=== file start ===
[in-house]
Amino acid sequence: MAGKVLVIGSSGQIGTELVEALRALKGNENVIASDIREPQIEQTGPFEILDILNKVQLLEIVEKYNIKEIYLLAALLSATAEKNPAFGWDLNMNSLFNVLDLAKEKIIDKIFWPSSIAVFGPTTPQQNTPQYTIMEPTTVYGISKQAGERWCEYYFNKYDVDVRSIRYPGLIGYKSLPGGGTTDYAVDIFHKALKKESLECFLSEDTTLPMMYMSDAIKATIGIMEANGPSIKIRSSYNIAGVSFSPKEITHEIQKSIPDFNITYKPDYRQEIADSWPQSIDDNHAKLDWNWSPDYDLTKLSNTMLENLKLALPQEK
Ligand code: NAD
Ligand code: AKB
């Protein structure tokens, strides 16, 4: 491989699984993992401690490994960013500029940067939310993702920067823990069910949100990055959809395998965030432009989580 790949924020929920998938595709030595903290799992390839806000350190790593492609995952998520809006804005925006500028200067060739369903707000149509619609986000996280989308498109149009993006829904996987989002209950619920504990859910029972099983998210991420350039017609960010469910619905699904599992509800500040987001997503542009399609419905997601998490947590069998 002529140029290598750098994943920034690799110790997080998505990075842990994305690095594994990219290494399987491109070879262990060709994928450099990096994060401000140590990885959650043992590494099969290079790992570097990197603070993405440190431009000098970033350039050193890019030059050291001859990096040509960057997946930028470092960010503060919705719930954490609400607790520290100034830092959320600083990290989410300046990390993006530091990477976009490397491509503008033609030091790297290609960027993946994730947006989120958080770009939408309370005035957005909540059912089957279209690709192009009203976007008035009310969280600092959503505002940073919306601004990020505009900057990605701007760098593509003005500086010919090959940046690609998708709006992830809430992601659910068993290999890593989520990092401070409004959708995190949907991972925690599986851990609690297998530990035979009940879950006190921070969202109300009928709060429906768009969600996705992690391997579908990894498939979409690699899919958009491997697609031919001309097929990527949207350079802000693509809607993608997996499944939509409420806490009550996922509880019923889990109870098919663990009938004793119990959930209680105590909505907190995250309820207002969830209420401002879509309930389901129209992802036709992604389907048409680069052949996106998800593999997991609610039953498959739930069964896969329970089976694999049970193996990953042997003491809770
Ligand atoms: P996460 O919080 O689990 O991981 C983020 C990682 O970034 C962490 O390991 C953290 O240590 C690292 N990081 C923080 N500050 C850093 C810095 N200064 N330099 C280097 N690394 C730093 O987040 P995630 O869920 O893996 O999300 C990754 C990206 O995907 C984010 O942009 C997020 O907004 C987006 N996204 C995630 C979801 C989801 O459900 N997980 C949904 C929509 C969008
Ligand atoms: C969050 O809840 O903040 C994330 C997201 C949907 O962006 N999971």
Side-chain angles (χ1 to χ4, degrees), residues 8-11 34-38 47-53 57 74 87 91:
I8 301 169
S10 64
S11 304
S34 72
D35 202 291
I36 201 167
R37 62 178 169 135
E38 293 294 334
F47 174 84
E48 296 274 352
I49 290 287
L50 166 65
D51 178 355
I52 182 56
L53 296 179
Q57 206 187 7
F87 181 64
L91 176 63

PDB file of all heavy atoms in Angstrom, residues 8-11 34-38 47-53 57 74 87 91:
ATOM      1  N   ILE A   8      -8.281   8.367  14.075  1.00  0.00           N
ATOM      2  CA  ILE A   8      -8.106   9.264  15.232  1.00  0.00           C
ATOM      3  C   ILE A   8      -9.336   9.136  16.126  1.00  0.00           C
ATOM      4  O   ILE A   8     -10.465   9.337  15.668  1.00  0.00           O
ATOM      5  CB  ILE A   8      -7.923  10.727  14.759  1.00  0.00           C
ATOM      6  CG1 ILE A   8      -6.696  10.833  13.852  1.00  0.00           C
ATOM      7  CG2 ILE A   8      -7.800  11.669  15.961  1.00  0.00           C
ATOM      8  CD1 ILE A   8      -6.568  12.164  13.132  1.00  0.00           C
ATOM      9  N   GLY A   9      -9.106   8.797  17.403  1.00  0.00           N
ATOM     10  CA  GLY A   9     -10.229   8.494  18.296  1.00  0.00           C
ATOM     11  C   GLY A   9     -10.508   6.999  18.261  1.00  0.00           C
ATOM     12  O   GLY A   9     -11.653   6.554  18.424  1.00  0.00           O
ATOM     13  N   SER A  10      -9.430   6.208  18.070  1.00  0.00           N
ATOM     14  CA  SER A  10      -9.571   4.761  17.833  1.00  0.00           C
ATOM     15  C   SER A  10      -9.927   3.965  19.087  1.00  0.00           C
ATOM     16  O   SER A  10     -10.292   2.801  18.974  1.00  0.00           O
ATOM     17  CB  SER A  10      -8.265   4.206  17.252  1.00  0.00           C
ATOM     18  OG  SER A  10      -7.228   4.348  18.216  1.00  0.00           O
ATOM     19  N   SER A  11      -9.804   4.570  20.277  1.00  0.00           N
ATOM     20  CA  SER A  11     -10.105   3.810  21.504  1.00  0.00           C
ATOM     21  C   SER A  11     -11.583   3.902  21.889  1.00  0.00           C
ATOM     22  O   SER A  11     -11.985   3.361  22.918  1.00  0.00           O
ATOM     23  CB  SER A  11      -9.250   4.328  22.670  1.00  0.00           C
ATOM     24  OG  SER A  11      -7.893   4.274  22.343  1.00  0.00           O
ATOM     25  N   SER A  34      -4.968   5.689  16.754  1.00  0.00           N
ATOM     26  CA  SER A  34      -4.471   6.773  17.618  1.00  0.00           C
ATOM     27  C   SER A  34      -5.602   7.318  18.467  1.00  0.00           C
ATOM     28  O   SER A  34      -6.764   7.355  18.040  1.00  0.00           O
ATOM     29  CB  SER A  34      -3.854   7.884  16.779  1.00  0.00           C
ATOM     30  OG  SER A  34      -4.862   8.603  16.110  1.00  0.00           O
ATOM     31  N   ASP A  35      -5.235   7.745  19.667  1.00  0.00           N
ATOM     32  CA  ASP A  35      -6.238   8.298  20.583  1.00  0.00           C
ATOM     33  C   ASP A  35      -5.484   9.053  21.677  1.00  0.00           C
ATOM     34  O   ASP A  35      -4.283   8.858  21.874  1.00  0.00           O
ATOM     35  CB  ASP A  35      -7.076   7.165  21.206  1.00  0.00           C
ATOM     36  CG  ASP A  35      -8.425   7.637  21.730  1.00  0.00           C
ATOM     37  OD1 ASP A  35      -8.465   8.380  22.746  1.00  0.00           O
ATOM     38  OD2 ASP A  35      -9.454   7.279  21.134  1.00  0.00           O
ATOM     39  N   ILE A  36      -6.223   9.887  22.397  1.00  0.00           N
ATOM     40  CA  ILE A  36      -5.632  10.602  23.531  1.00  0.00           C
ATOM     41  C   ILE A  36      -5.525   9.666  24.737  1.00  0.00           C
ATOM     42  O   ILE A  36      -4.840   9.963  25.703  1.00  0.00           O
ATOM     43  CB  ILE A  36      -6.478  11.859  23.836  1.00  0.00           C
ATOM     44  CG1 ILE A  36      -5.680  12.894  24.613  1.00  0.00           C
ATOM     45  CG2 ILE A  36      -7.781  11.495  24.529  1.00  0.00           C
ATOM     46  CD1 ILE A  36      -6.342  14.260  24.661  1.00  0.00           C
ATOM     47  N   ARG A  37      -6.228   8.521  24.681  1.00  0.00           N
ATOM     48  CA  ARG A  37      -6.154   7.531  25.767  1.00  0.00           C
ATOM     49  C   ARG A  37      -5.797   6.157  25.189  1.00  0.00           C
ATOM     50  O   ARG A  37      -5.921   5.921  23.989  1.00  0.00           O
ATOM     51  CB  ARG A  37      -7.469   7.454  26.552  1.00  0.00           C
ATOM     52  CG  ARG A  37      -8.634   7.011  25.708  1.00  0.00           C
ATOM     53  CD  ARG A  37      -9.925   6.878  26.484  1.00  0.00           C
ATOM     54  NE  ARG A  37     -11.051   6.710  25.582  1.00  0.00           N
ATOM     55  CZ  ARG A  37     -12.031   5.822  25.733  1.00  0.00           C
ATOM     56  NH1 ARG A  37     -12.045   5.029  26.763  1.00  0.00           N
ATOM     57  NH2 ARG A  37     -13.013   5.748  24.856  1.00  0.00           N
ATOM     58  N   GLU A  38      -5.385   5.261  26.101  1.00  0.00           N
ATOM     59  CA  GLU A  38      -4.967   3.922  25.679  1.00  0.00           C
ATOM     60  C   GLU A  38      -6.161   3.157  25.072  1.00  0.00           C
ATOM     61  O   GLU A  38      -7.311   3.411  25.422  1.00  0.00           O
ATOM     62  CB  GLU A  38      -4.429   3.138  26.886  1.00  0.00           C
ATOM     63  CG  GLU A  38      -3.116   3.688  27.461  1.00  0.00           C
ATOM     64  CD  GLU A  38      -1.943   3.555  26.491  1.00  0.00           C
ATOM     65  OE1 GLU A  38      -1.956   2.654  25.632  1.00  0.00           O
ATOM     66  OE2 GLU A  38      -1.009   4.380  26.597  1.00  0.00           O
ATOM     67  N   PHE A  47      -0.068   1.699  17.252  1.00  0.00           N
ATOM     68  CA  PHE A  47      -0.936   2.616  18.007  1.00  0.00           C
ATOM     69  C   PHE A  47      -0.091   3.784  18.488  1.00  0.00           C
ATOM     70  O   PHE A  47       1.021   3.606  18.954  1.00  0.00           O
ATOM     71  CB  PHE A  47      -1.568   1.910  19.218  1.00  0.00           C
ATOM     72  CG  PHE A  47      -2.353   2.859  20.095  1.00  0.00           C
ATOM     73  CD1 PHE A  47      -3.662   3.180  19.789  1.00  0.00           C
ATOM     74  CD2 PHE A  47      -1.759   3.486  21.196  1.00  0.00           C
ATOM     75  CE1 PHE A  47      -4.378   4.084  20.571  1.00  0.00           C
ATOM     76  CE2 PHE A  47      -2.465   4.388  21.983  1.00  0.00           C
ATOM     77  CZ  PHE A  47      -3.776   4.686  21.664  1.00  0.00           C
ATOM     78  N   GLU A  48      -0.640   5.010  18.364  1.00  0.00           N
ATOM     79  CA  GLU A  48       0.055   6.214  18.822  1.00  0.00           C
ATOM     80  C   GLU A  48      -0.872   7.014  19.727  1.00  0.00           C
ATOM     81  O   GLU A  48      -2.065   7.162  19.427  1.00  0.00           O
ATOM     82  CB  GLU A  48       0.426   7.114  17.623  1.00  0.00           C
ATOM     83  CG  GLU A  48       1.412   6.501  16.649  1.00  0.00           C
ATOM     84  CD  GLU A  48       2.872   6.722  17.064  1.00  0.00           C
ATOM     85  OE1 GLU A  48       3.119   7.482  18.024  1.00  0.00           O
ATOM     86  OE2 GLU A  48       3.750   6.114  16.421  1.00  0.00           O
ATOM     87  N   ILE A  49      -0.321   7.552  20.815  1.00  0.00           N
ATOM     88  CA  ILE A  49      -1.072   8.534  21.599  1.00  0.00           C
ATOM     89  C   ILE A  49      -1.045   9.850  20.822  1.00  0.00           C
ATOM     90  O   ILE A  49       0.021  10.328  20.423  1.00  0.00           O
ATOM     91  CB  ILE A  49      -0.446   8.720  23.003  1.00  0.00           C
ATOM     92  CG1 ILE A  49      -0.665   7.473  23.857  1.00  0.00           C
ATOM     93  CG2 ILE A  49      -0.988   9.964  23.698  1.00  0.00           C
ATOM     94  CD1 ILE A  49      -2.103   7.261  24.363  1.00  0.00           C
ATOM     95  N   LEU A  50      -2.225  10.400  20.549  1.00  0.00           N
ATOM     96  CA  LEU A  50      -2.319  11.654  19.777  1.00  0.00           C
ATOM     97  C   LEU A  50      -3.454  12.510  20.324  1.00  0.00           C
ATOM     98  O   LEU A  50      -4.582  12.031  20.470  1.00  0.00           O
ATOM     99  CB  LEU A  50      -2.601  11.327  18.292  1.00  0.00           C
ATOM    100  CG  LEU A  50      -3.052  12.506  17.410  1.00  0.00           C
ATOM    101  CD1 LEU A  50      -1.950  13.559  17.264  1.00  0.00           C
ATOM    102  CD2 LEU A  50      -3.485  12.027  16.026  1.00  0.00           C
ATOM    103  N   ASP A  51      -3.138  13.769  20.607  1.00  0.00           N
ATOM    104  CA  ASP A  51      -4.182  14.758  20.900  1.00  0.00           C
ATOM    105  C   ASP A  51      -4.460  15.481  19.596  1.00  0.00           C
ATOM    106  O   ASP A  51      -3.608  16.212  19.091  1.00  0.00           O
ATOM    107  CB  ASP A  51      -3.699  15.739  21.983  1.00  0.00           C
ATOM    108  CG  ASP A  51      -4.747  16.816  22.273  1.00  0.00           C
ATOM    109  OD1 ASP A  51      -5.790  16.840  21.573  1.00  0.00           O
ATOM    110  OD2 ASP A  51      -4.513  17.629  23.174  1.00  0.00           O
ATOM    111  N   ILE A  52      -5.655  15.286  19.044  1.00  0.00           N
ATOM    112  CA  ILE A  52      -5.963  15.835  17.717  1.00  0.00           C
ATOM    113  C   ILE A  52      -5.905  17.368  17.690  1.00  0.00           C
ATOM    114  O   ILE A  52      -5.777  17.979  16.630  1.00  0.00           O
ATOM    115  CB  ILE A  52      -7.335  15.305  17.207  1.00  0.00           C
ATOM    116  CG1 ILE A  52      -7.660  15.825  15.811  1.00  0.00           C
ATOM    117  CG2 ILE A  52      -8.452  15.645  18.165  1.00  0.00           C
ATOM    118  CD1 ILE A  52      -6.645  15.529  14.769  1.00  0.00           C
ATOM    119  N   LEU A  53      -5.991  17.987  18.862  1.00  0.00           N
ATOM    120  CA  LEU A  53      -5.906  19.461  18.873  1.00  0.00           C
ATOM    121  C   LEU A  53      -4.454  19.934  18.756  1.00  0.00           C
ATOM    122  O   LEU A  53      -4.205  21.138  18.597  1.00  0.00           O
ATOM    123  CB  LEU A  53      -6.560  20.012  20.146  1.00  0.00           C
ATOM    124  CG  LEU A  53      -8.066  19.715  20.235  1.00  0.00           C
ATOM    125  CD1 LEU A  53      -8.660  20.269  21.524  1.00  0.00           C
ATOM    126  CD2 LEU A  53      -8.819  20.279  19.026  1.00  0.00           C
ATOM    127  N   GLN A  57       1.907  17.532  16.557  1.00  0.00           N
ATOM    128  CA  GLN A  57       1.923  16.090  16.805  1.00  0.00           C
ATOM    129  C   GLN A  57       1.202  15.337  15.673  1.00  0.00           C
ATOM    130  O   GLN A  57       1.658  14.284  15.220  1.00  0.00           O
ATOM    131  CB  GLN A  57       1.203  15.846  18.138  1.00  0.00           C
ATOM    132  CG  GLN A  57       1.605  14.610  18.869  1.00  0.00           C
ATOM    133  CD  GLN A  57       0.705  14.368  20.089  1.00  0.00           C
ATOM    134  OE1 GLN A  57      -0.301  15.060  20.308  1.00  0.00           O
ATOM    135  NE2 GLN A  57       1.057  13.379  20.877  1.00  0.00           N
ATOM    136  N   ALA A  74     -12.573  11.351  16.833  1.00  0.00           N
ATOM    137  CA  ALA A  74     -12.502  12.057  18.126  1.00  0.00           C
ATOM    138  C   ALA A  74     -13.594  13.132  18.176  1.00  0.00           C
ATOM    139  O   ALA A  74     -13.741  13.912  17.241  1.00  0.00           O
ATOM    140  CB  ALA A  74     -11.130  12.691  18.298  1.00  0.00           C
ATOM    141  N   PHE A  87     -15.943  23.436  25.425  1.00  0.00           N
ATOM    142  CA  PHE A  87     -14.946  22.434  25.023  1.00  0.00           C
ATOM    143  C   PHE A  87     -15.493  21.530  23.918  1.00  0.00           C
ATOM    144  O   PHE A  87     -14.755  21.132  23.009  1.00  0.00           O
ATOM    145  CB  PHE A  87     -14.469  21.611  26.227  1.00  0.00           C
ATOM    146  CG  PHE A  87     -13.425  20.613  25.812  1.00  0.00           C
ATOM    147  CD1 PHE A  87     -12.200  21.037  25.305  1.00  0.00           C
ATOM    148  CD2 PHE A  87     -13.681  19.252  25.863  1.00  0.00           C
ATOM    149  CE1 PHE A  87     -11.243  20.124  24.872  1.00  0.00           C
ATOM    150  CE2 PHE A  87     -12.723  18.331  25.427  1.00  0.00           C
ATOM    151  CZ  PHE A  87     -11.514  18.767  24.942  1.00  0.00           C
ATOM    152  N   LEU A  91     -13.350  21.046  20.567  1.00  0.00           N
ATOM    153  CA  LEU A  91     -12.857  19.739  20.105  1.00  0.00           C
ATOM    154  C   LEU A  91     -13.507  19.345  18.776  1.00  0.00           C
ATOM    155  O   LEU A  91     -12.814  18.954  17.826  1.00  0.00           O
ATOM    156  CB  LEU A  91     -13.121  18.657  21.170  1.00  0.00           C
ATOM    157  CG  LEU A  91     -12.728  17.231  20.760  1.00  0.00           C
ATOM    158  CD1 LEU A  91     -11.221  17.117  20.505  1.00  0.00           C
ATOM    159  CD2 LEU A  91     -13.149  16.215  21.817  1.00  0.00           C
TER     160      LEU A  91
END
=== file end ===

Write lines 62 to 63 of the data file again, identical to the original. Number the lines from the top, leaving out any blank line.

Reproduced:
ATOM     35  CB  ASP A  35      -7.076   7.165  21.206  1.00  0.00           C
ATOM     36  CG  ASP A  35      -8.425   7.637  21.730  1.00  0.00           C